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ERIC Number: ED162357
Record Type: RIE
Publication Date: 1978-Jul
Pages: 30
Abstractor: N/A
Reference Count: 0
Kiowa Forty-Nine Singing: A Communication Perspective.
Kennan, William R.; Hill, L. Brooks
Recent research into the "forty-nine" songs and singing of the Kiowa Indians in southwestern Oklahoma is described in this paper. The paper first outlines the value of a process oriented approach to communication analysis that accents three primary variables: indexicality (the inherent situational nature of communicative acts), reflexivity (individuals' presuppositions about events and the relation of their presuppositions to those of other members of the culture), and intentionality (the intent of speakers). Two primary data gathering procedures used in the research are then described: intensive interviews, led by a Kiowa collaborator, designed to build a reflexive account of forty-nining; and field observation of forty-nines. Finally, an analysis of Kiowa forty-nining is presented, in which the following topics are among those addressed: the origins, functions,and general characteristics of forty-nines; historical, linguistic, and thematic patterns of the songs; the effect of performer intent on the meaning of song themes and performance; and established procedural rules related to turn-taking by song leaders, the use of insult exchange as a means of social bonding and sensitization, and the meaningful sequencing of songs by song leaders. (GW)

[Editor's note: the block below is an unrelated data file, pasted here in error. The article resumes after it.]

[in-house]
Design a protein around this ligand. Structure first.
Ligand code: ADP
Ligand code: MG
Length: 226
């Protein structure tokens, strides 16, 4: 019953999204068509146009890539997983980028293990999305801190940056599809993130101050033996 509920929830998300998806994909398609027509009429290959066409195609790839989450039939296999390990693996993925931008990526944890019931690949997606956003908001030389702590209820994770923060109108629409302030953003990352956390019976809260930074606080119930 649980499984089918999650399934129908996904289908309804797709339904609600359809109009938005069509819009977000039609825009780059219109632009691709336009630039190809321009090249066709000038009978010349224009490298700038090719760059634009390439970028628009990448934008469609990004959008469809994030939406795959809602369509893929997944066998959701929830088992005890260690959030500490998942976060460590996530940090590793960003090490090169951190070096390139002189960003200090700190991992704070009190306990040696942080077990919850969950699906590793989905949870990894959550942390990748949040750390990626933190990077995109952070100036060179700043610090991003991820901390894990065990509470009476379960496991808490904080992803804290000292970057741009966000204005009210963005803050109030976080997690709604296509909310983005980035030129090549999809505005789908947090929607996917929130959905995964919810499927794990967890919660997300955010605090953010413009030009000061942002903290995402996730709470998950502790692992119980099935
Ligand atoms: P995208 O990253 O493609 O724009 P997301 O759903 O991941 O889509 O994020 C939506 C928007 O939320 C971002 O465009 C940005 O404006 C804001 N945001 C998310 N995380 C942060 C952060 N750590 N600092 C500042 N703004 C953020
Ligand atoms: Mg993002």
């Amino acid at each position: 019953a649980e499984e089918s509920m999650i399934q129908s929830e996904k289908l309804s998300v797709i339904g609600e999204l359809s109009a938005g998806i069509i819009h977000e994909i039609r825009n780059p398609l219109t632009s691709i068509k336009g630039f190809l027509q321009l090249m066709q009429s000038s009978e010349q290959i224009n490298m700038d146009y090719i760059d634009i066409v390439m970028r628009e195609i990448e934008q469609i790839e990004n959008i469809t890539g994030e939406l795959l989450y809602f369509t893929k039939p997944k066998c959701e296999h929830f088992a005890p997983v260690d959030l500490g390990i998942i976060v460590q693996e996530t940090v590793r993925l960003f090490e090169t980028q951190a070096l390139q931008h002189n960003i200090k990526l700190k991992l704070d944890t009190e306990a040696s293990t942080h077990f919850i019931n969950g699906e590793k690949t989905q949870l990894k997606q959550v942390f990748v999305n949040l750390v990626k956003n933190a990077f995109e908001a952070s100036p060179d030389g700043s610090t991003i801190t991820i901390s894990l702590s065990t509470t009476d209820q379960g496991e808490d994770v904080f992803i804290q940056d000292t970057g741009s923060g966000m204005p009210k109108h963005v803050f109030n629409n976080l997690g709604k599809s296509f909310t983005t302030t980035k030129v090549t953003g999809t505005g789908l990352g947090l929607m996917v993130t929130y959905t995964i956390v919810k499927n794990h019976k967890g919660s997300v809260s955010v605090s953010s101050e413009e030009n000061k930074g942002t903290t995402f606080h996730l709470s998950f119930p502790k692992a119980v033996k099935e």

Publication Type: Speeches/Meeting Papers
Education Level: N/A
Audience: N/A
Language: English
Sponsor: N/A
Authoring Institution: N/A
Identifiers: Kiowa (Tribe)
Note: Paper presented at the Speech Communication Association Summer Conference on Intercultural Communication (Tampa, Florida, July 17-21, 1978)